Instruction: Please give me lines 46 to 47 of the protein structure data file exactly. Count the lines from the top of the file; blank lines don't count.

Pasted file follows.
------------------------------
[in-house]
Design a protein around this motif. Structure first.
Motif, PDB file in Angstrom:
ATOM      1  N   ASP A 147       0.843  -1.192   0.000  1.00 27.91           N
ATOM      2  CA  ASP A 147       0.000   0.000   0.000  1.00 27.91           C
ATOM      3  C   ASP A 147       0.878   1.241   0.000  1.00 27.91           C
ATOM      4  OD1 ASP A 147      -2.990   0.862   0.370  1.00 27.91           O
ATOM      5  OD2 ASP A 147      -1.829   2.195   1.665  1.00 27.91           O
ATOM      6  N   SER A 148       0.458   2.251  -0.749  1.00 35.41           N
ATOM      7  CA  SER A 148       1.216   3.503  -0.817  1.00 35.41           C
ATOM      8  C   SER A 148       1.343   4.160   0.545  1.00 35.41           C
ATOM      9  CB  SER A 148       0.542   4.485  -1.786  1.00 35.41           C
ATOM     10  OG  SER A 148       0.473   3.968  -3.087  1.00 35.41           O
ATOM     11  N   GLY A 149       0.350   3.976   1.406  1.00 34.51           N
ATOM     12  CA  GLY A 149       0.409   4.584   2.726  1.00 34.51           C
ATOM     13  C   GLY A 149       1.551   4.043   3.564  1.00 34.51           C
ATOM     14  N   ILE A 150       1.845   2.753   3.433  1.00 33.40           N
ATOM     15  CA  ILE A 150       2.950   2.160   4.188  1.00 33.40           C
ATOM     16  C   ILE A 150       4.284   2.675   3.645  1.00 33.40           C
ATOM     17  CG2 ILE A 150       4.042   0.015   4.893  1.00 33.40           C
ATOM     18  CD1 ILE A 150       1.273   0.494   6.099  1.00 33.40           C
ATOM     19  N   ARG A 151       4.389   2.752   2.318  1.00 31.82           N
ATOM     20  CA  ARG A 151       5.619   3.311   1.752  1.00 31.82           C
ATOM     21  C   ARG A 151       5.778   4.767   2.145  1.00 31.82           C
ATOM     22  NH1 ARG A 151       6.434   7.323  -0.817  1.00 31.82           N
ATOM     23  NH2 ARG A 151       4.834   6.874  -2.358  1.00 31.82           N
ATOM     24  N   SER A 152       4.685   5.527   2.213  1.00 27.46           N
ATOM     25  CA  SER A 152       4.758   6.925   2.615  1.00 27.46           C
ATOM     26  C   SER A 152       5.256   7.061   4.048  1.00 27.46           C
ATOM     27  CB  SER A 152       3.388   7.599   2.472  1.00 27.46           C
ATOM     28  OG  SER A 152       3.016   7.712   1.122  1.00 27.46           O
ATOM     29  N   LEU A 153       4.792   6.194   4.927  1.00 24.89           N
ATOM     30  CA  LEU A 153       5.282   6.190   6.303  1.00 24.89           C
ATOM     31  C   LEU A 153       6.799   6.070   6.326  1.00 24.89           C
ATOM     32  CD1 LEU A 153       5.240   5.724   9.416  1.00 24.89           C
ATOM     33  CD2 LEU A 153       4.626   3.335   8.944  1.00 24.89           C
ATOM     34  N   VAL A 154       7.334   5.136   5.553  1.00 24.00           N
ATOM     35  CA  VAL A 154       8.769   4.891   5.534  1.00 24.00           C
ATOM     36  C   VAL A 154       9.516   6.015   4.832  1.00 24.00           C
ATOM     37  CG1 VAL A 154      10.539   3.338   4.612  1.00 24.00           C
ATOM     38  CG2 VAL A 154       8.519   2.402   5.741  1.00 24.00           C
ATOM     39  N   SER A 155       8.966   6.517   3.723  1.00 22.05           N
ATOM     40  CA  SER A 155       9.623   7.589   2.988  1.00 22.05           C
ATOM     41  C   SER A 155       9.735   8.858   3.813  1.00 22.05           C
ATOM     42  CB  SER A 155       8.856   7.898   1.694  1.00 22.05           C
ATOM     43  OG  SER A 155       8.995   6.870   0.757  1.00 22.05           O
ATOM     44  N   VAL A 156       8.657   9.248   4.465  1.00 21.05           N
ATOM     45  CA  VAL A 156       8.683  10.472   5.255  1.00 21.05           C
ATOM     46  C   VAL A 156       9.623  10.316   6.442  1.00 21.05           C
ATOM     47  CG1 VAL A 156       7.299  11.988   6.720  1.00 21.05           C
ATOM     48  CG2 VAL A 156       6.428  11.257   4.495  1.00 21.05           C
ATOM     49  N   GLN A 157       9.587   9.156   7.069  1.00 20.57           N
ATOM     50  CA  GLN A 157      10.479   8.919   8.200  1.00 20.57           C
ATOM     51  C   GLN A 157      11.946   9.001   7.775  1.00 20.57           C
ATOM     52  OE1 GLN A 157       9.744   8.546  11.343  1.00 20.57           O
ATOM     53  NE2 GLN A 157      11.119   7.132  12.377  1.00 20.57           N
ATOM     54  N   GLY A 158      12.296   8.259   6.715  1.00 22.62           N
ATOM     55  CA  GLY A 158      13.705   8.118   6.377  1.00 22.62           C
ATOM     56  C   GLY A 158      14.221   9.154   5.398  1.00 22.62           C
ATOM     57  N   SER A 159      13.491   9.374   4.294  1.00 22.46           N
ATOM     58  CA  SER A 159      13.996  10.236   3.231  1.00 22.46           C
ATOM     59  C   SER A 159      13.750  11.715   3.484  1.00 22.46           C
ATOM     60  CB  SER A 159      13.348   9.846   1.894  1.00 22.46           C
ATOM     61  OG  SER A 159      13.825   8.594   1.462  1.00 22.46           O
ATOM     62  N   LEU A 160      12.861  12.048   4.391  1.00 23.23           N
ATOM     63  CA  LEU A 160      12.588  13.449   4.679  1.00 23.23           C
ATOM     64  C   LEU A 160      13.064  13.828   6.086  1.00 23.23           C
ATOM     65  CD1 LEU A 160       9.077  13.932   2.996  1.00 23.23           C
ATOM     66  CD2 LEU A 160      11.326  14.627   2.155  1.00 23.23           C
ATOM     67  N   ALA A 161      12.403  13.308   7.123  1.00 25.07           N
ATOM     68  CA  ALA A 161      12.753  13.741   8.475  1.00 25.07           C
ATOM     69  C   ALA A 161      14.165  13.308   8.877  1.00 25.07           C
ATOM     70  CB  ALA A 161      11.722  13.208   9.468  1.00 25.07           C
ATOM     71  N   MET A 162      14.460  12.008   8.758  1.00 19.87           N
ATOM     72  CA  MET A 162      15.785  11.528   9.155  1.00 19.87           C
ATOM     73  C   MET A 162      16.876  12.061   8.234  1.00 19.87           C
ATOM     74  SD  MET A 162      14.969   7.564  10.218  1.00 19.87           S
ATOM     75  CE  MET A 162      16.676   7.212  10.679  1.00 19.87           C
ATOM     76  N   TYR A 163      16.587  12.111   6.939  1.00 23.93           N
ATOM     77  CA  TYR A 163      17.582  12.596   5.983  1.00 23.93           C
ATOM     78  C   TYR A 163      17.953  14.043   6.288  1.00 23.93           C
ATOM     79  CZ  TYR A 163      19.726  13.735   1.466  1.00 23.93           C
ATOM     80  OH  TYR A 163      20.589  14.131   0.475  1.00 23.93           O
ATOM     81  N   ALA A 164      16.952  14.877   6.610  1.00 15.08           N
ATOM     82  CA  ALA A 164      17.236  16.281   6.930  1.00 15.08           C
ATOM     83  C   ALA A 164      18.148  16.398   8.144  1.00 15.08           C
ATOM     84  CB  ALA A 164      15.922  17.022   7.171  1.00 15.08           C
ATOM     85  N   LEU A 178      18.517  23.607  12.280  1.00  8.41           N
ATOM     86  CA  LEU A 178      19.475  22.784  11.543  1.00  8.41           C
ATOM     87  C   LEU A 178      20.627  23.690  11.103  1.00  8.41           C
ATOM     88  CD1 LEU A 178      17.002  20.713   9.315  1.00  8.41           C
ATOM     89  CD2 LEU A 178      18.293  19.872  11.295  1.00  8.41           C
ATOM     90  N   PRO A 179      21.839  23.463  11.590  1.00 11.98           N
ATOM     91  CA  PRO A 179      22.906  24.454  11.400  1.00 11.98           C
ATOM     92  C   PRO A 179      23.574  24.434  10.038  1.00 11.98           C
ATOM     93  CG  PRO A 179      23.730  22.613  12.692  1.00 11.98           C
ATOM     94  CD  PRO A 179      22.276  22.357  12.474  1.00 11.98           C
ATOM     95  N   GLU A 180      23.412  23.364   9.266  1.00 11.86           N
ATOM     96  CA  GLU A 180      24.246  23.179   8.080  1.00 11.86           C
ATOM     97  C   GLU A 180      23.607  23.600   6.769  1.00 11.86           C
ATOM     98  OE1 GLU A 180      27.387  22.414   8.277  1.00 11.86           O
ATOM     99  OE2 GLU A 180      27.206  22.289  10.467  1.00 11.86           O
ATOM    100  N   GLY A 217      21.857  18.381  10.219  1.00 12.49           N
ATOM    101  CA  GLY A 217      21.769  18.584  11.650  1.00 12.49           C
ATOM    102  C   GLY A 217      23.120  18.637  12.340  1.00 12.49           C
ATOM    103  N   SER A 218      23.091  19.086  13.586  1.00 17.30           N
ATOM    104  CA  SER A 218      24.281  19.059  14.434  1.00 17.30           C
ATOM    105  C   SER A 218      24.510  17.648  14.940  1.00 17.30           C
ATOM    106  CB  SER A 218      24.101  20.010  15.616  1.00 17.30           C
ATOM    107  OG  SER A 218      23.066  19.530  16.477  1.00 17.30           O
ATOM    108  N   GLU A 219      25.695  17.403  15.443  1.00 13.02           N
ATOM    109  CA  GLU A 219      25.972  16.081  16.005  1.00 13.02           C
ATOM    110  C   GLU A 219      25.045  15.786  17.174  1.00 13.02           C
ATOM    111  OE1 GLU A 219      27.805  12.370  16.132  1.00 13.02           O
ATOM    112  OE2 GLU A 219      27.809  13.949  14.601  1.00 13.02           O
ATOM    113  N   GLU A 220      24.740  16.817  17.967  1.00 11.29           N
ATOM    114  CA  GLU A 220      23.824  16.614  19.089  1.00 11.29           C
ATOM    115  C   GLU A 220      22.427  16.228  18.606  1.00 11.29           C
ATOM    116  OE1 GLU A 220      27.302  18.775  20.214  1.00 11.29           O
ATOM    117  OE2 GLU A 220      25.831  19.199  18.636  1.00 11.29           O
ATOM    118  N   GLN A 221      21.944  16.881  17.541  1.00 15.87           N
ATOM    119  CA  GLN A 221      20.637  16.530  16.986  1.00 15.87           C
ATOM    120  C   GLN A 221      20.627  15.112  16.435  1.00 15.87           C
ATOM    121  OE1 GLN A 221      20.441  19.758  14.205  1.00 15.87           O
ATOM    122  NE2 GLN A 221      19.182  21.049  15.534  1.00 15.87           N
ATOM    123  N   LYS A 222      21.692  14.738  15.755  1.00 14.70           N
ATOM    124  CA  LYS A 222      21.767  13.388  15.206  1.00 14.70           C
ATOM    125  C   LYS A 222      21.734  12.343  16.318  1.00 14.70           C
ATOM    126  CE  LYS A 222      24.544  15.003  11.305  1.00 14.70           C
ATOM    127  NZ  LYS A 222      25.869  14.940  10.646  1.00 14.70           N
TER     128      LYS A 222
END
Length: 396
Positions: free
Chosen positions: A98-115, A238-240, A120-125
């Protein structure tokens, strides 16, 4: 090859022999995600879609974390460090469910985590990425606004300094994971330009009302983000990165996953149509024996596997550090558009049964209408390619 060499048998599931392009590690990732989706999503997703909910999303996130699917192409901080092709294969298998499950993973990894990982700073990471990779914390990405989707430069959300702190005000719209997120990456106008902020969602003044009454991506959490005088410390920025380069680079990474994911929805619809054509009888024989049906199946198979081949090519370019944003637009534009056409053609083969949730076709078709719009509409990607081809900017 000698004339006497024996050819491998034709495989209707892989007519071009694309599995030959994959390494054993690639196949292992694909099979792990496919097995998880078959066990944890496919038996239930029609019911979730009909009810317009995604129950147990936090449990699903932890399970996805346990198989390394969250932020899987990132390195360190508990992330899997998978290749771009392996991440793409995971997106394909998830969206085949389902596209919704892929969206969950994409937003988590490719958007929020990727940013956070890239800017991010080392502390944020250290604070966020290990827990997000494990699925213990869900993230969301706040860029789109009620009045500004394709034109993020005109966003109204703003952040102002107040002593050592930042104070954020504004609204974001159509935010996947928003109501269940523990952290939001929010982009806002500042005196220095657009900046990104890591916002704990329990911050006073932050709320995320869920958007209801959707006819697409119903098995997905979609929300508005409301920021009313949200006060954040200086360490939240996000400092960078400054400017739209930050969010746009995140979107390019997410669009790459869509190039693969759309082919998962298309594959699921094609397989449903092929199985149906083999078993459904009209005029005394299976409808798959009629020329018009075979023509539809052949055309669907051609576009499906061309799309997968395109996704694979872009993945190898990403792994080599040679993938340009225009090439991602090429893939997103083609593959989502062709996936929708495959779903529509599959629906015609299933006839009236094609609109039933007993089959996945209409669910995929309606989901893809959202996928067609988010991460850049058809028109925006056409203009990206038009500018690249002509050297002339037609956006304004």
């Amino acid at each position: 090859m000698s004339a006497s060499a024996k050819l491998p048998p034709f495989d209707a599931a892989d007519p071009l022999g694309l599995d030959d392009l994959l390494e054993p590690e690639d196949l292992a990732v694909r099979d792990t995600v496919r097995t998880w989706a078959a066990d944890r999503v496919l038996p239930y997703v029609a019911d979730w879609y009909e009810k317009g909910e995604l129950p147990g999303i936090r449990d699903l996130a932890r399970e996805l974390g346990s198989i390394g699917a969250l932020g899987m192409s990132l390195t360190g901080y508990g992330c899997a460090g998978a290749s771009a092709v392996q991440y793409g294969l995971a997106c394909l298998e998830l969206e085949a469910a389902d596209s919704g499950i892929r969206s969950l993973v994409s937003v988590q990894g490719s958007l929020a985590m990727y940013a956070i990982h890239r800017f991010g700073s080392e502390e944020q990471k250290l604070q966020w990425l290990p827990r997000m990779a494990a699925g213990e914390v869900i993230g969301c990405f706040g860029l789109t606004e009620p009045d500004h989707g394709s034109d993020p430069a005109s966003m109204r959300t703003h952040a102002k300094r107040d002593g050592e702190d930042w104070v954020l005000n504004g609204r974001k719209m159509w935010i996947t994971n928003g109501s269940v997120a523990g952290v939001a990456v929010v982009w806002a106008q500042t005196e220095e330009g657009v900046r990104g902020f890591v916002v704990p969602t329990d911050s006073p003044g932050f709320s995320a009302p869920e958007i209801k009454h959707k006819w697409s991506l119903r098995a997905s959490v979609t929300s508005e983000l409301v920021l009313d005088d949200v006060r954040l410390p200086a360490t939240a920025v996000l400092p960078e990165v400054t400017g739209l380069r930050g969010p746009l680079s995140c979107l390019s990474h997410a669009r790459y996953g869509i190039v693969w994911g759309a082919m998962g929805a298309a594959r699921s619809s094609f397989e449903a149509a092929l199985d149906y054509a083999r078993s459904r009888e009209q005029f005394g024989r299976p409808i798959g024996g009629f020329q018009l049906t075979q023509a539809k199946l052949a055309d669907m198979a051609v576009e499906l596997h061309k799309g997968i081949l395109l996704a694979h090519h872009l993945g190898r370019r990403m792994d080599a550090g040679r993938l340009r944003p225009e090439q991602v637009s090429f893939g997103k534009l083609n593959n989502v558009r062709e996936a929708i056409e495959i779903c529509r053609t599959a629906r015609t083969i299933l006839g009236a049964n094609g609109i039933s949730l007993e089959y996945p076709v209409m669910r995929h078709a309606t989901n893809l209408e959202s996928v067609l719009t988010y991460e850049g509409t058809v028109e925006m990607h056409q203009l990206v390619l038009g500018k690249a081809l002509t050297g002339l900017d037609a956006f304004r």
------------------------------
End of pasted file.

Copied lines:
ATOM     43  OG  SER A 155       8.995   6.870   0.757  1.00 22.05           O
ATOM     44  N   VAL A 156       8.657   9.248   4.465  1.00 21.05           N